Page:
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Our Hall of Fame: William Clyde Fitch (1865-1909)

Go back to: George Westinghouse | ahead to: Charles Steinmetz

[This information is from pp. 28-29 of Our Hall of Fame, a booklet produced in 1938 by what was then called the Schenectady Public Library. It is in the Schenectady Collection of the Schenectady County Public Library at Schdy R 920 S324, and copies are also available for borrowing.]

Portrait of William Clyde Fitch

Portrait: William Clyde Fitch

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William Clyde Fitch was the first American dramatist whose name was sufficiently well-known to attract people to the theater. Fitch spent ten of his boyhood years in Schenectady. Born in Elmira on May 2, 1865, son of a captain of the Union Army, he traveled with his parents for four years until Captain Fitch retired from the service and moved his family to this city.

At Amherst, from which he graduated in 1886, his activities were principally literary and dramatic. Had young Fitch followed his father's choice he would have become an architect, but instead he felt the need of independence and started out for New York to make his own way. While there he made his living writing jokes and verses for "Life" and "Puck," and tutoring small children. Before long he made his first trip abroad meeting many of the rising yoting writers of the day.

Returning to New York he produced a work which proved to be the first of his many triumphs. Richard Mansfield was at that time hunting for someone who could write a play around the character of Beau Brummell. Fitch was recommended and the actor and playwright met. While offering many valuable suggestions, Mansfield was very temperamental and nearly drove Fitch into a sanatorium before the play was completed. Even up to the final dress rehearsal the actor lacked confidence in the play, but after opening night it became the most popular play in Mansfield's repertory.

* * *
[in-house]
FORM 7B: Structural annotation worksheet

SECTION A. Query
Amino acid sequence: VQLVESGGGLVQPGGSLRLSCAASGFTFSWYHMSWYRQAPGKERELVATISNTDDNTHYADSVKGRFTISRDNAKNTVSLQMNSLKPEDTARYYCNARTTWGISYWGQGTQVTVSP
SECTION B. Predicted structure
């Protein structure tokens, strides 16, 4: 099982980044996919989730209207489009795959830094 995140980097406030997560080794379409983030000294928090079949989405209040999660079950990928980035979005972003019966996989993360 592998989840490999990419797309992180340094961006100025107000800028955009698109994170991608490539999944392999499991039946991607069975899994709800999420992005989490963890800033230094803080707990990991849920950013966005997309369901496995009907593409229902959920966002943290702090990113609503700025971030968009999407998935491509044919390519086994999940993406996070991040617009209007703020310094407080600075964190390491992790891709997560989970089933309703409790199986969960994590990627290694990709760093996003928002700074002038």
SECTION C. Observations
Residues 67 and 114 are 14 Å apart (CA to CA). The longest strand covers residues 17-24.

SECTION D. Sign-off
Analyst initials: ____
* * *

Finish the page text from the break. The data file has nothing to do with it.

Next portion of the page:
During the nineteen years between the first performance of "Beau Brummel" and his death in 1909, Clyde Fitch actually produced in the theater over fifty plays, many of them entirely original.

The year 1901 marked for Fitch the beginning of uninterrupted prosperity, with four of his plays, "Captain Jinks," "The Climbers," "Barbara Frietchie," and "Lover's Lane," all running in New York at the same time to packed theaters. He was unmistakably a man of the world and while disliking to be pointed out in public places he took a boyish delight in seeing his name in electric lights over the entrance of a theater. He wrote, not for fame and money, but because he loved his work. His great activity in writing and in personally attending to his productions told on his health and he began fighting a losing battle for his life. He died September 4, 1909.

Others of his better-known plays are "The City," "Nathan Hale," "The Truth," "Stubbornness of Geraldine," "Girl with the Green Eyes," "Her Own Way," "Woman in the Case," and "Straight Road."

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